A diagnostic delay of 5 hours increases the risk of death after blunt hollow viscus injury

Darren Malinoski, Madhukar S. Patel, Didem Oncel Yakar, Donald Green, Faisal Qureshi, Kenji Inaba, Carlos V R Brown, Ali Salim

Research output: Contribution to journalArticle

51 Citations (Scopus)

Abstract

Background: Hollow viscus injuries (HVI) are uncommon after blunt trauma, and accomplishing a timely diagnosis can be difficult. Time to operative intervention has been implicated as a risk factor for mortality, but reports are conflicting. Methods: All blunt trauma admissions to an academic level 1 trauma center from January 1992 to September 2005 were retrospectively reviewed. Patients with a diagnosis of blunt HVI were included. Patients who died within 24 hours were excluded. Data regarding patient demographics, injuries, time from admission until laparotomy, length of stay, and mortality were recorded, and a multivariate analysis to determine independent risk factors for mortality was carried out. A p <0.05 was considered significant. Results: Of 35,033 blunt trauma admissions, there were 195 (0.6%) HVI patients with the following characteristics (data expressed as mean ± 1 SD): mean age of 35 years ± 16 years, Injury Severity Score of 17 ± 11, time from admission to laparotomy of 5.9 hours ± 5.8 hours, operative blood loss of 1500 mL ± 1800 mL, and length of stay of 19 days ± 23 days. Twelve percent presented with a systolic pressure 5 hours were because of abdominal-related sepsis. Conclusion: HVI occurred in less than 1% of all blunt trauma admissions. Delays in operative intervention are associated with an increased mortality. A high index of suspicion is needed to make a timely diagnosis and minimize risk.

Original languageEnglish (US)
Pages (from-to)84-87
Number of pages4
JournalJournal of Trauma - Injury, Infection and Critical Care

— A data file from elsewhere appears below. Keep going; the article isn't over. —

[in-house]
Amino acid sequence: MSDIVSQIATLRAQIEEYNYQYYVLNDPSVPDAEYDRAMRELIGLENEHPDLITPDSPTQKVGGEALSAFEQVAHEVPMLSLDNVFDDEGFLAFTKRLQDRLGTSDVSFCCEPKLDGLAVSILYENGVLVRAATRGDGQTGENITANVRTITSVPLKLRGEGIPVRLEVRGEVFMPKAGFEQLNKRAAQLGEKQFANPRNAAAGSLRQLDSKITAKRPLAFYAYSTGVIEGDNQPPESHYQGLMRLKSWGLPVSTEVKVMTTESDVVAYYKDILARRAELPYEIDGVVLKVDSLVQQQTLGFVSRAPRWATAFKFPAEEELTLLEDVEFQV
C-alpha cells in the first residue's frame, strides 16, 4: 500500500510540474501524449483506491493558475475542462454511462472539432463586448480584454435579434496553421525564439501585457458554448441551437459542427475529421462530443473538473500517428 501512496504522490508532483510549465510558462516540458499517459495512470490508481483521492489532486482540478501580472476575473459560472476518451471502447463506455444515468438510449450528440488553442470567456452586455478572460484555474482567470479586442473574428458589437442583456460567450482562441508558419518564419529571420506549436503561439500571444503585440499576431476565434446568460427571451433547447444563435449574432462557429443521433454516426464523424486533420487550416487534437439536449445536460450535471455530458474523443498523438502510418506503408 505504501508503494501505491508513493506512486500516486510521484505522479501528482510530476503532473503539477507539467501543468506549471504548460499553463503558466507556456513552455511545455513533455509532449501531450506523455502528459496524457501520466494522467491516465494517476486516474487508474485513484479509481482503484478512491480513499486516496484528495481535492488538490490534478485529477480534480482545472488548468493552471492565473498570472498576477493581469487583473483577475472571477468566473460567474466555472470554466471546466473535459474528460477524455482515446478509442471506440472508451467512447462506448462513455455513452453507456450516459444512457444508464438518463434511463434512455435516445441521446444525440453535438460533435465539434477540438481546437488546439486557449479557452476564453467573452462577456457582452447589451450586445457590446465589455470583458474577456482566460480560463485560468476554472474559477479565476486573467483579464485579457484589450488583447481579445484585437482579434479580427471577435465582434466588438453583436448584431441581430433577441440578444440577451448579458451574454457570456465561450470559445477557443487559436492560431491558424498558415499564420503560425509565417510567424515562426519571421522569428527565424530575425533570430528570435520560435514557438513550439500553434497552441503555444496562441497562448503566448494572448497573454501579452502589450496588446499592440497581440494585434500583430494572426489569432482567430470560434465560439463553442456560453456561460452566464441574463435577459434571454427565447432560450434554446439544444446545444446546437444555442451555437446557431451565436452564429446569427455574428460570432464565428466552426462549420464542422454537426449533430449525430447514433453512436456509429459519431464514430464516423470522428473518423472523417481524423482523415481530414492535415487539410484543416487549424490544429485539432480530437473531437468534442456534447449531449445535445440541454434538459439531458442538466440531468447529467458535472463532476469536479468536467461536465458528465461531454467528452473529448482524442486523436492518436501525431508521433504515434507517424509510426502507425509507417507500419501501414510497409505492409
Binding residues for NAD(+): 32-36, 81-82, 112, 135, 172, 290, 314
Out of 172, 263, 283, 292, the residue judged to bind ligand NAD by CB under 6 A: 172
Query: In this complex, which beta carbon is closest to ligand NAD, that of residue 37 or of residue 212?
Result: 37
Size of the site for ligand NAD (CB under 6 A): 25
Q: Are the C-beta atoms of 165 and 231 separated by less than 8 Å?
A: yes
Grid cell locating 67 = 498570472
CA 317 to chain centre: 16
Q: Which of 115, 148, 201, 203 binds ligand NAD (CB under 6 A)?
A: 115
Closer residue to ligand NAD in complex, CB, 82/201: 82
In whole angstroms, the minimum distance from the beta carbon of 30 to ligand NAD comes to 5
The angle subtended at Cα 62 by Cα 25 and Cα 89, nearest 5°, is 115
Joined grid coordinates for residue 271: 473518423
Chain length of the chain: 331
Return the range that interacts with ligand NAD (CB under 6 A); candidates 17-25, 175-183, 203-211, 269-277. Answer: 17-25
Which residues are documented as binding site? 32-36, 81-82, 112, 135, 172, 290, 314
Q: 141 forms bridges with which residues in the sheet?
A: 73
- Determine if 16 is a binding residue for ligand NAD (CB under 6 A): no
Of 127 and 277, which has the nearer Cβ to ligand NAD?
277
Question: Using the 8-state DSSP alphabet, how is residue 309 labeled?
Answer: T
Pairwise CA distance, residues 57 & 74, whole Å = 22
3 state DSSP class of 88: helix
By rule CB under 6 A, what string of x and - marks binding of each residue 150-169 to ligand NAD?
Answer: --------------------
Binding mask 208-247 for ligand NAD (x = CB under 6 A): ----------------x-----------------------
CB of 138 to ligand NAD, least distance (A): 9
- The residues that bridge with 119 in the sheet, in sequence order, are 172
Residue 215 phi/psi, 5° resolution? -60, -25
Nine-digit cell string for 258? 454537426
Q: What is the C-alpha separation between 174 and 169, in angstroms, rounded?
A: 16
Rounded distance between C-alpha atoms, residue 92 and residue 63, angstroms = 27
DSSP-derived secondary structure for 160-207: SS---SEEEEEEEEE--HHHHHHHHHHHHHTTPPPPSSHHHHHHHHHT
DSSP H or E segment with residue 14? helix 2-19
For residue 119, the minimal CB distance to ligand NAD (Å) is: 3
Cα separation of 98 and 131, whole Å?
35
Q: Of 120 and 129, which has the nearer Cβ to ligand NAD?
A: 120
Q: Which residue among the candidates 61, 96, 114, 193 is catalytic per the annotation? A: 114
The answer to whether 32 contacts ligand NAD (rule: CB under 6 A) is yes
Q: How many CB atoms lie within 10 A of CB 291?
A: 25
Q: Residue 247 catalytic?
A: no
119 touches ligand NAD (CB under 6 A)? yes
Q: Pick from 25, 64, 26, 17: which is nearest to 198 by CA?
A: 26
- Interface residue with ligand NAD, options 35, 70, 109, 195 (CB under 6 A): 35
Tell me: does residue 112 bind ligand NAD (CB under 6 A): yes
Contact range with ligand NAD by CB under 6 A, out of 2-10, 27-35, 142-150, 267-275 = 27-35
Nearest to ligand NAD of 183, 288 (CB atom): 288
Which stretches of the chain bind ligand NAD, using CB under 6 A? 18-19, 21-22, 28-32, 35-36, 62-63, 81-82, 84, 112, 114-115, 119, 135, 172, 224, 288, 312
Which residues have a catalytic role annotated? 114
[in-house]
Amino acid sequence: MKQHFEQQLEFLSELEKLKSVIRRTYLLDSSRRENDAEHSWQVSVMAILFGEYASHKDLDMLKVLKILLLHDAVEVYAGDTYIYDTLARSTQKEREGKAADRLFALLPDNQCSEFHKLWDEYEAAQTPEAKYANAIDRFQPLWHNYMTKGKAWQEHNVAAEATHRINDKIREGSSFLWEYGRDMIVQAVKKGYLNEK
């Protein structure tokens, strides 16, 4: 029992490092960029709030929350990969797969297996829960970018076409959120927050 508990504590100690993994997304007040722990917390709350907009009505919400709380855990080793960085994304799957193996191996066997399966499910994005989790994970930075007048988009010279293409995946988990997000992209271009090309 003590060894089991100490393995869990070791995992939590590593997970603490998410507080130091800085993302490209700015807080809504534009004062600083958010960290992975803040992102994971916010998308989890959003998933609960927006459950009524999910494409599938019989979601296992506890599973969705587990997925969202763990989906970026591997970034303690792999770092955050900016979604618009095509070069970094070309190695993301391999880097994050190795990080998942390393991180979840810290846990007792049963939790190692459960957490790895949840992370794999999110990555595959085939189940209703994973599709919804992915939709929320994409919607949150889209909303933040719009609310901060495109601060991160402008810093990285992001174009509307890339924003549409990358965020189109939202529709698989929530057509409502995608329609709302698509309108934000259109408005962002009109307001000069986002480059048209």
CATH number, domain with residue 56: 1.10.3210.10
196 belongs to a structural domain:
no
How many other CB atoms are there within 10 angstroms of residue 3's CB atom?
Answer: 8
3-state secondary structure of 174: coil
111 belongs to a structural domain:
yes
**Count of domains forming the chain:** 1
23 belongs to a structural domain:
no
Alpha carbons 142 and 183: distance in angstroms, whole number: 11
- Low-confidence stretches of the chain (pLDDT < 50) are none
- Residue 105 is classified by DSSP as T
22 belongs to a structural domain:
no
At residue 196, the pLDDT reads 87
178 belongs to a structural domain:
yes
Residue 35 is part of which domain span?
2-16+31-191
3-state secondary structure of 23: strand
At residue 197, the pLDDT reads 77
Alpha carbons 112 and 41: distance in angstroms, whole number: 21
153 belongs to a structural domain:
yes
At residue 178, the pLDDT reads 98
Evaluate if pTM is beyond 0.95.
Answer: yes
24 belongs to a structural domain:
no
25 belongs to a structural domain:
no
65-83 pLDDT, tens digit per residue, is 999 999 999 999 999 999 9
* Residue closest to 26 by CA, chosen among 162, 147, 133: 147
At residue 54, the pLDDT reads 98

Volume69
Issue number1
DOIs
StatePublished - Jul 2010
Externally publishedYes

Fingerprint

Viscera
Wounds and Injuries
Mortality
Laparotomy
Length of Stay
Injury Severity Score
Trauma Centers
Operative Time
Sepsis
Multivariate Analysis
Demography
Blood Pressure

Keywords

  • Blunt hollow viscus injury
  • Diagnostic delay
  • Laparotomy
  • Mortality

ASJC Scopus subject areas

  • Surgery
  • Critical Care and Intensive Care Medicine

Cite this

A diagnostic delay of 5 hours increases the risk of death after blunt hollow viscus injury. / Malinoski, Darren; Patel, Madhukar S.; Yakar, Didem Oncel; Green, Donald; Qureshi, Faisal; Inaba, Kenji; Brown, Carlos V R; Salim, Ali.

In: Journal of Trauma - Injury, Infection and Critical Care, Vol. 69, No. 1, 07.2010, p. 84-87.

Research output: Contribution to journalArticle

Malinoski, Darren ; Patel, Madhukar S. ; Yakar, Didem Oncel ; Green, Donald ; Qureshi, Faisal ; Inaba, Kenji ; Brown, Carlos V R ; Salim, Ali. / A diagnostic delay of 5 hours increases the risk of death after blunt hollow viscus injury. In: Journal of Trauma - Injury, Infection and Critical Care. 2010 ; Vol. 69, No. 1. pp. 84-87.
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abstract = "Background: Hollow viscus injuries (HVI) are uncommon after blunt trauma, and accomplishing a timely diagnosis can be difficult. Time to operative intervention has been implicated as a risk factor for mortality, but reports are conflicting. Methods: All blunt trauma admissions to an academic level 1 trauma center from January 1992 to September 2005 were retrospectively reviewed. Patients with a diagnosis of blunt HVI were included. Patients who died within 24 hours were excluded. Data regarding patient demographics, injuries, time from admission until laparotomy, length of stay, and mortality were recorded, and a multivariate analysis to determine independent risk factors for mortality was carried out. A p <0.05 was considered significant. Results: Of 35,033 blunt trauma admissions, there were 195 (0.6{\%}) HVI patients with the following characteristics (data expressed as mean ± 1 SD): mean age of 35 years ± 16 years, Injury Severity Score of 17 ± 11, time from admission to laparotomy of 5.9 hours ± 5.8 hours, operative blood loss of 1500 mL ± 1800 mL, and length of stay of 19 days ± 23 days. Twelve percent presented with a systolic pressure 5 hours were because of abdominal-related sepsis. Conclusion: HVI occurred in less than 1{\%} of all blunt trauma admissions. Delays in operative intervention are associated with an increased mortality. A high index of suspicion is needed to make a timely diagnosis and minimize risk.",
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